Today, I’m going to briefly tell you about Kō, this charming little village located on the south-west coast of Teshima and that is the home of about 85 people.
While Teshima‘s two main villages, Karato and Ieura are mostly fishermen villages, most of Kō‘s people used to work in a nearby stone quarry that is now closed. Today, most of the people living in the village are retired and cultivate vegetable fields, fruit trees and rice paddies, which allow them to almost be self-sufficient as far as food goes.
The mood of the village seemed to be very welcoming and warm, actually the very sweet old lady that we met was from there.
During the Setouchi International Art Festival, Kō housed for artworks (the first three having been created by Australian artists):
• Luck Exists in the Leftovers
• Sea-songs of the Subconscious
• Farther Memory (this one will stay open most likely permanently)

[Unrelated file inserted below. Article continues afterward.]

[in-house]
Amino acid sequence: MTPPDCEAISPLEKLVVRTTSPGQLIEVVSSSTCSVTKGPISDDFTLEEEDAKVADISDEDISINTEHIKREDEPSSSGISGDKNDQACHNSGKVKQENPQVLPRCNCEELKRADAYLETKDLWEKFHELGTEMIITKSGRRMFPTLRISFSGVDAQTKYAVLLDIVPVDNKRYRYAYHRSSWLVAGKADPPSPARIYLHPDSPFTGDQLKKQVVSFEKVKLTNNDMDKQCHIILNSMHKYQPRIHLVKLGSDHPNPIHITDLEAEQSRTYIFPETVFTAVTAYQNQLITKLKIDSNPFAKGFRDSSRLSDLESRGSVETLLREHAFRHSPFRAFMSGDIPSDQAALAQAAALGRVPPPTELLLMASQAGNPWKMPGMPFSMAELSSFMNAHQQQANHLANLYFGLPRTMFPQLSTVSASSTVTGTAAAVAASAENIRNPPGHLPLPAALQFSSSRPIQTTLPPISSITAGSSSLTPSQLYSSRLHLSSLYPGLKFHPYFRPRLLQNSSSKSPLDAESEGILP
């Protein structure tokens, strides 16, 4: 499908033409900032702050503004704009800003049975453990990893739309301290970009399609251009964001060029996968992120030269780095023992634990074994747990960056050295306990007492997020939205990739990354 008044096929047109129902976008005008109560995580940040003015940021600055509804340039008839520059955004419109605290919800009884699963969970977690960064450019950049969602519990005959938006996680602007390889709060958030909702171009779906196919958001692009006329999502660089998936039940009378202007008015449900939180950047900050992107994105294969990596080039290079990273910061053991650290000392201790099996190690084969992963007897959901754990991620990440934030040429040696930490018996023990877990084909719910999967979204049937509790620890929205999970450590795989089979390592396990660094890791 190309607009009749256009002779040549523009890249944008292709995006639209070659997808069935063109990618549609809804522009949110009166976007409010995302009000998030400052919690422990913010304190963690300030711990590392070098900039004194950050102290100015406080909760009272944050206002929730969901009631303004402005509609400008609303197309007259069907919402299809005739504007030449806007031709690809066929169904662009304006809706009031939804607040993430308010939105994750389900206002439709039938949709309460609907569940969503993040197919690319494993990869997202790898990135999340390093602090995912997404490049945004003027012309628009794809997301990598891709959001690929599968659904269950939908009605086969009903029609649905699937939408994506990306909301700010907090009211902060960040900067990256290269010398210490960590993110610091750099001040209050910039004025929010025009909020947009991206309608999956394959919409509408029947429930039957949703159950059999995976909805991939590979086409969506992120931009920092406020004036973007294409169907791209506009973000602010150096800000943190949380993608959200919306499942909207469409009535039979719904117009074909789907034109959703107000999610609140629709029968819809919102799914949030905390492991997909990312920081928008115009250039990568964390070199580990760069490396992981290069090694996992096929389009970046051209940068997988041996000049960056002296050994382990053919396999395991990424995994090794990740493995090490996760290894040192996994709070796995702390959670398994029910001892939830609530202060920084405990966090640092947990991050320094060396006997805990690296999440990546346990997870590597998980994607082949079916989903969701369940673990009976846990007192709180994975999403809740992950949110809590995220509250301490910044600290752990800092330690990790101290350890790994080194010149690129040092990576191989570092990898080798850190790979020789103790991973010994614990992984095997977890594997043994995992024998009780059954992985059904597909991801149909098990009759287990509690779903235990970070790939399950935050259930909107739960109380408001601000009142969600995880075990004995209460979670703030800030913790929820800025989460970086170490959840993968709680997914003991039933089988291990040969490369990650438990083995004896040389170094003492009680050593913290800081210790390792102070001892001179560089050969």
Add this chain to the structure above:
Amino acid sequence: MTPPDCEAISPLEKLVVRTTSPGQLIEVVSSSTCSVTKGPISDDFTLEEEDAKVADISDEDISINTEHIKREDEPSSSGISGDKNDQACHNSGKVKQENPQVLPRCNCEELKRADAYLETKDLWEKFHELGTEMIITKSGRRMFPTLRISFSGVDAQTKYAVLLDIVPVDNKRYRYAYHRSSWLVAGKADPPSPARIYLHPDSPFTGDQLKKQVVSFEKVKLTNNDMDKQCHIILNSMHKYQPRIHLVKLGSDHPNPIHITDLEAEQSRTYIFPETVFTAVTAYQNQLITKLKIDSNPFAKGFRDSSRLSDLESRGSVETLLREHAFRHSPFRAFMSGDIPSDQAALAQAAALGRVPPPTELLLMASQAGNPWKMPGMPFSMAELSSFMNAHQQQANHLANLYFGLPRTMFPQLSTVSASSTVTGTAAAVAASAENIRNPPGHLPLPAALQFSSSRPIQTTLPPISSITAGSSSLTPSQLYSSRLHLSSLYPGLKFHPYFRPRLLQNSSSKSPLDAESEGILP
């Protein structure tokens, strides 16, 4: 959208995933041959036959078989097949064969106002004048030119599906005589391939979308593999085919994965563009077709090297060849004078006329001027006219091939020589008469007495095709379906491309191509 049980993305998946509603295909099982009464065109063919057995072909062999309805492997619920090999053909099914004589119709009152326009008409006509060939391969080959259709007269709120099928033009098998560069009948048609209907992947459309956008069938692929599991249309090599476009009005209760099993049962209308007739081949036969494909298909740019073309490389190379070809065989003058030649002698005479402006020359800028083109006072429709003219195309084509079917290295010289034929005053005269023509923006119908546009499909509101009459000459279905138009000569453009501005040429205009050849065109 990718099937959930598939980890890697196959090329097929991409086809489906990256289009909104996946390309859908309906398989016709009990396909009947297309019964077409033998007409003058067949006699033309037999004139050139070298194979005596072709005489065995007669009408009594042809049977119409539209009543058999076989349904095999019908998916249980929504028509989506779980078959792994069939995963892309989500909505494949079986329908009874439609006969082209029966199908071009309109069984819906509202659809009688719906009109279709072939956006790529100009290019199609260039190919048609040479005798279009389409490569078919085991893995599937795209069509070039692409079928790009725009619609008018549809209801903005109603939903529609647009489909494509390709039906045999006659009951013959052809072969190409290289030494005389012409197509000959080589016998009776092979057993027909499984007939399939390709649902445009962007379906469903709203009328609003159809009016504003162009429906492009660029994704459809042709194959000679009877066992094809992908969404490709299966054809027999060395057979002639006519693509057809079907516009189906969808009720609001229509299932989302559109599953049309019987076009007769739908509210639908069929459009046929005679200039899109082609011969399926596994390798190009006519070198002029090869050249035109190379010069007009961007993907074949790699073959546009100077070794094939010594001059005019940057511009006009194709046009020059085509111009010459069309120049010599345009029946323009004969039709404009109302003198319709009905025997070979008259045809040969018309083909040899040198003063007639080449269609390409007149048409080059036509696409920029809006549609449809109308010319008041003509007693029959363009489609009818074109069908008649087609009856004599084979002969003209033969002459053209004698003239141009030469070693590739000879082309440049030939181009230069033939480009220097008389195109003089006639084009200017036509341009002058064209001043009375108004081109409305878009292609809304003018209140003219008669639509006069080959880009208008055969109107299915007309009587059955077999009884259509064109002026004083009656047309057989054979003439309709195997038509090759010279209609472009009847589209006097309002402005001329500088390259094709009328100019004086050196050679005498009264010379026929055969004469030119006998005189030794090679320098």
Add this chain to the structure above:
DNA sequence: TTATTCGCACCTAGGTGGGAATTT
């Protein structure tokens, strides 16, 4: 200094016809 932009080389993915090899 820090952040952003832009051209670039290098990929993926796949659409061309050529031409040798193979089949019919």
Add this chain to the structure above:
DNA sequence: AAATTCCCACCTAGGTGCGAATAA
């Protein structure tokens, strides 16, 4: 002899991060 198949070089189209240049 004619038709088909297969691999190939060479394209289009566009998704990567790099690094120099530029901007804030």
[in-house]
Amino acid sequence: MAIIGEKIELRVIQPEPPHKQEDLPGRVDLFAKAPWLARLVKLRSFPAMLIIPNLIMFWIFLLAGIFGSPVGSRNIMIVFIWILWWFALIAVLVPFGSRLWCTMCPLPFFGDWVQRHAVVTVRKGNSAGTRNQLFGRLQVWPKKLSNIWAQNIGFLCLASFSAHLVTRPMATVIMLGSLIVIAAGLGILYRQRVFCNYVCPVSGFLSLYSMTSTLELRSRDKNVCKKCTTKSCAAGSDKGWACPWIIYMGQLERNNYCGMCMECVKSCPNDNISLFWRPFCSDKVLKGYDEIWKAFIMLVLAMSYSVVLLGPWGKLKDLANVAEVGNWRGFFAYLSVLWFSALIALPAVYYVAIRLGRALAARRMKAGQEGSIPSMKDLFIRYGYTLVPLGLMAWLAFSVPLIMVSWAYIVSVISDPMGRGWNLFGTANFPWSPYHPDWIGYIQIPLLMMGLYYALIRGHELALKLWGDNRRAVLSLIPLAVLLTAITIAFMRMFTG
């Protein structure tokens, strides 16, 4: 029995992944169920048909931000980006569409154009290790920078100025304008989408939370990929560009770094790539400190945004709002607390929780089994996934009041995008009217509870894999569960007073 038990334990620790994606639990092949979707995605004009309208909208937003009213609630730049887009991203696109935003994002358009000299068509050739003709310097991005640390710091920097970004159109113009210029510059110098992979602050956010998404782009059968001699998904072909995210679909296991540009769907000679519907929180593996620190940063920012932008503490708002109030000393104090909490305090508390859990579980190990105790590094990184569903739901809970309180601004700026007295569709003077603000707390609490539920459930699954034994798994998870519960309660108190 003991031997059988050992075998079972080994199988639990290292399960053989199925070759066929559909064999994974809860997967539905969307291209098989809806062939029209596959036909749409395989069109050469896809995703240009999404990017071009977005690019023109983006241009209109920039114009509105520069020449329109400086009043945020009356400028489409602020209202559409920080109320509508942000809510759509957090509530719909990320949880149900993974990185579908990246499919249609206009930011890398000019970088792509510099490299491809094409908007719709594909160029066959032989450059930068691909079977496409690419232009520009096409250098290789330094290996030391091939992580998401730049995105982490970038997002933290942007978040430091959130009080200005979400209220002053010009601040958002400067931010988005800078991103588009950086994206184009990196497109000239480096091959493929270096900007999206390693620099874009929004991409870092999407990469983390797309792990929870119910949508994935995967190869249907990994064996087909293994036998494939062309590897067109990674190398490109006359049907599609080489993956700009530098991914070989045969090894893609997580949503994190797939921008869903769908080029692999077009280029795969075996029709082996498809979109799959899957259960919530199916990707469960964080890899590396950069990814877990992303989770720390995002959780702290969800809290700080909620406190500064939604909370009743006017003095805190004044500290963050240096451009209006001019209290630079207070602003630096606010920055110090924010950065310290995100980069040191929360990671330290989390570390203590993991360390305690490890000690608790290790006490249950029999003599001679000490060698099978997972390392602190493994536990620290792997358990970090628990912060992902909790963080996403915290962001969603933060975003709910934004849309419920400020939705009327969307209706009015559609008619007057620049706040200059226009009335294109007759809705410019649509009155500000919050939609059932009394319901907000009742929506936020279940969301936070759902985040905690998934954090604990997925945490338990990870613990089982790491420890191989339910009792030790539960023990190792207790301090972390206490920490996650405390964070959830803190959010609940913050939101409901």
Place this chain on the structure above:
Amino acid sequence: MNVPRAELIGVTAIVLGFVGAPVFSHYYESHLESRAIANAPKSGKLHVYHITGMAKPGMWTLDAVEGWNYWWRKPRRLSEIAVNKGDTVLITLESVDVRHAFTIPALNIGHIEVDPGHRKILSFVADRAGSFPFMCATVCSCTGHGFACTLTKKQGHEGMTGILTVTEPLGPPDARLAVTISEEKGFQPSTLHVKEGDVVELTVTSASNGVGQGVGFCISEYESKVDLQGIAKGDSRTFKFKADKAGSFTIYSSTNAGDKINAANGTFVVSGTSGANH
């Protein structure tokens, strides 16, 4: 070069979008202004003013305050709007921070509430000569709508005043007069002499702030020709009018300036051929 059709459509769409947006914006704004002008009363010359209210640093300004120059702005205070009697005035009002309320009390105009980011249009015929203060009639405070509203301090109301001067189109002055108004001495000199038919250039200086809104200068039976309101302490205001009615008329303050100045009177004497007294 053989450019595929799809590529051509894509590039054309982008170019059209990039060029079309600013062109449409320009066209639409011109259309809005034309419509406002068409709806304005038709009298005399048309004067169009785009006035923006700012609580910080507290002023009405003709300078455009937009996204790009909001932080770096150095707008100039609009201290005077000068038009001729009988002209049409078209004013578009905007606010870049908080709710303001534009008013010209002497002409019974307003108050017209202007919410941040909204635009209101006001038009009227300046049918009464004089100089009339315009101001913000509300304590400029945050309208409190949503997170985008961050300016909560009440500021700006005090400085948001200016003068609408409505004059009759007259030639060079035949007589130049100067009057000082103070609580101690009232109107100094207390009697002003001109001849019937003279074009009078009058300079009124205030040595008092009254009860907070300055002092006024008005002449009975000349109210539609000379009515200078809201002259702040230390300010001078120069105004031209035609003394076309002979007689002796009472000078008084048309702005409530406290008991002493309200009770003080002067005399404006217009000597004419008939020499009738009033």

All in all, Kō is an incredibly charming small village that I warmly advise you to visit if you ever go to Teshima (a thing I warmly advise you to do too). Sadly and despite the success of the Festival, I’m afraid that Kō won’t get much of the benefits that Ieura and Karato will most likely receive. Ieura is where most visitors of Teshima will land, Karato is where most of the permanent works of art are located, Kō is a little bit out of the way, sadly. Let’s hope that in the future, and especially for the 2013 edition of the Setouchi International Art Festival, more permanent works will be set in Kō, so that Teshima can really become a second Naoshima.
it looks very lovely and inviting in the summer, but I wouldn’t want to live there year round, winters must be quite harsh.
I’m not too sure (I haven’t been there neither in the Winter nor the Summer, just Fall and Spring), but this is the Setouchi region.
Summer are above 30 degrees for two months and it rarely freezes in Winter (it did this past Winter, though).
I like this kind of weather, but I know not everybody does. 🙂
I also think this place isn’t very cold during the winter.
I want to live such a place if I can work there.
I think that the most problem of these place is few job offer.
I hear you.
This is actually the only reason why I don’t live in Japan right now. (yes, I’m sure I could find a job in Tokyo, but sorry, no more big city for me, 5 years in Paris was enough). 🙂
(ok, to be fair, if I spoke Japanese, I’m sure I could find jobs in smaller cities too, I really need to learn it faster)